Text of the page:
By performing measurepreserving transformations to nonmeasurable sets and acting surprised when at the end of the day measure isn't preserved. I don't blame AC for that. AC only implies the existence of a nonmeasurable set, which is in itself not totally counterintuitive.
Yeah, I'm really out of my element talking about these abstract mathematical topics... I'm too much of an empirical scientist it seems!
Give me a set and I'll find a way to measure it! ...actually I'd like to know what's the mathematical definition of measurement, there's probably a trick there... 🤔
Measure theory gets pretty abstract, so I recommend using a source thats not me. For the Real Numbers, the standard measure (usually the Lebesgue measure) is a way to generalize notions of lengths of intervals to sets that are not intervals or easy unions of intervals. For any set E, we can find various sequences of open intervals (potentially infinitely many intervals) whose union will contain E. The Lebesgue outer measure of E is defined as the infimum of the sum of the lengths of those sequences of intervals (infimum is similar to minimum except that an infimum may not actually be attained). The set E is considered Lebesgue measurable if it satisfies am additional criterion (Caratheodory criterion) in which case the Lebesgue measure is equal to the Lebesgue outer measure. If E does not satisfy that criterion, then it is nonmeasurable. A measure has desirable certain properties that an outer measure does not satisfy, which is why we prefer the former. Apologies to all math people for any inaccuracies in the above description, it's been a while.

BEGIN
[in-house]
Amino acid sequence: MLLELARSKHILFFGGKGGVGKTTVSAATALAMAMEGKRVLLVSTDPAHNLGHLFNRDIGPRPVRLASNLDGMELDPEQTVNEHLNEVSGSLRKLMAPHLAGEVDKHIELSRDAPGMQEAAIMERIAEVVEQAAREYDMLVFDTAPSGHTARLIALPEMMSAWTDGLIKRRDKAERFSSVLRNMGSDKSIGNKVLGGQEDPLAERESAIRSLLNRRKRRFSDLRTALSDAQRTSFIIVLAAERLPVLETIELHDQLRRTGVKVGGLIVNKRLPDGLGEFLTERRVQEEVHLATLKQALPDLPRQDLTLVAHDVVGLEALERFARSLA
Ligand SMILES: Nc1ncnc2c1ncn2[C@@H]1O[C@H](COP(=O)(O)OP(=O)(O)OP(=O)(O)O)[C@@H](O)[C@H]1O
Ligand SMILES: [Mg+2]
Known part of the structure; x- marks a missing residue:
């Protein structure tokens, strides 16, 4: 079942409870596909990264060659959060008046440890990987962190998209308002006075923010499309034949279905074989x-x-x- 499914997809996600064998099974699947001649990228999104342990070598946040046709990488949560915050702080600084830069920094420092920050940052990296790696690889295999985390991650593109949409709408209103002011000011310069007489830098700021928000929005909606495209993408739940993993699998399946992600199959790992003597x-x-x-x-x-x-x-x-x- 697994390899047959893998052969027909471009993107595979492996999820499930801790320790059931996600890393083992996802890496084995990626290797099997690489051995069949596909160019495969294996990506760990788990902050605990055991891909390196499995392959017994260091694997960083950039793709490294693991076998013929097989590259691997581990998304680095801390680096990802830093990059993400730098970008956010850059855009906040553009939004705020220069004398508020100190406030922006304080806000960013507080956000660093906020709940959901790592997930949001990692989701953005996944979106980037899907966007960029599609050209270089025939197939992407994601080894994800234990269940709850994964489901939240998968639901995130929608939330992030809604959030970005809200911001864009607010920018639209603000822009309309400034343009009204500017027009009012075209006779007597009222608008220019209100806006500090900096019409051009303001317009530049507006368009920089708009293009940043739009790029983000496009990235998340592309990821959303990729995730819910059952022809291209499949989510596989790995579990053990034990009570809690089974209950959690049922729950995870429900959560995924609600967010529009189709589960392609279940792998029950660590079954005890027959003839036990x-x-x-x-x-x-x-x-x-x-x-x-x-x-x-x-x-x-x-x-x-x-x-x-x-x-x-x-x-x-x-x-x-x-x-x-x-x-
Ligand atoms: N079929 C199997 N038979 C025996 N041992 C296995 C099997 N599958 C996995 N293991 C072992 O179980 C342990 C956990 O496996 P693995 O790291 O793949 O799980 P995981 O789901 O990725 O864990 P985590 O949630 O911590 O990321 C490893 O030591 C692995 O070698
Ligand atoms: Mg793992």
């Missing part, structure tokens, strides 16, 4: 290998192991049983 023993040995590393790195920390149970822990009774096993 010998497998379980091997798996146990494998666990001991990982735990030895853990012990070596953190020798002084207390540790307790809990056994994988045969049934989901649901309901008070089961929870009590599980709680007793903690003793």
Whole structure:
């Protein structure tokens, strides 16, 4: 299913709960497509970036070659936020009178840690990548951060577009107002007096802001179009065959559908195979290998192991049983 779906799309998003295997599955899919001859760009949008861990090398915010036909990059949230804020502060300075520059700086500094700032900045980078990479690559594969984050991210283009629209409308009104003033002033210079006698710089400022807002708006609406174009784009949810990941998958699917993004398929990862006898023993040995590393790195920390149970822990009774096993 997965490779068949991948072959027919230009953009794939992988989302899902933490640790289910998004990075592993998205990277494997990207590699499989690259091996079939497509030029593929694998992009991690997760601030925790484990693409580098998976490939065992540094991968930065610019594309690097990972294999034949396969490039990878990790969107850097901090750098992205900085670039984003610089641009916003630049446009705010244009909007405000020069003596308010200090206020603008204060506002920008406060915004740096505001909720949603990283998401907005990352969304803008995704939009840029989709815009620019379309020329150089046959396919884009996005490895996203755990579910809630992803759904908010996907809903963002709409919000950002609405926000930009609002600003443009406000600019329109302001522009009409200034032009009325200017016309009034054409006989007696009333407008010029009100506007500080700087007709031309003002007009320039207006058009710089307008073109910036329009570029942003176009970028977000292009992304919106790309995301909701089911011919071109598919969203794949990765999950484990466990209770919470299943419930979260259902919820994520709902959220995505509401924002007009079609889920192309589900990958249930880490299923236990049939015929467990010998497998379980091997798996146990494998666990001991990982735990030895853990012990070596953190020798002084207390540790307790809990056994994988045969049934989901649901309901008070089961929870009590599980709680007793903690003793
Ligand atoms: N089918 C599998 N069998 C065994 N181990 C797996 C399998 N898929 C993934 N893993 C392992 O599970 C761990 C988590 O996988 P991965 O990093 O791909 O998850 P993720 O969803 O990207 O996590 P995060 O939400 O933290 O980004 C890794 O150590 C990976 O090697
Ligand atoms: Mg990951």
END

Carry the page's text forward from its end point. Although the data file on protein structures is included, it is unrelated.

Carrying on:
"Measure" is meant in the specific sense of measure theory. The prototypical example is the Lebesgue measure, which generalizes the intuitive definition of length, area, volume, etc. to Ndimensional space.
As a pseudo definition, we may assume:

The measure of a rectangle is its length times its width.

The measure of the disjoint union of two sets is the sum of their measures.
In 2), we can relax the assumption that the two sets are disjoint slightly, as long as the overlap is small (e.g. two rectangles overlapping on an edge). This suggests a definition for the measure of any set: cover it with rectangles and sum their areas. For most sets, the cover will not be exact, i.e. some rectangles will lie partially outside the set, but these inexact covers can always be refined by subdividing the overhanging rectangles. The (Lebesgue) measure of a set is then defined as the greatest lower bound of all possible such approximations by rectangles.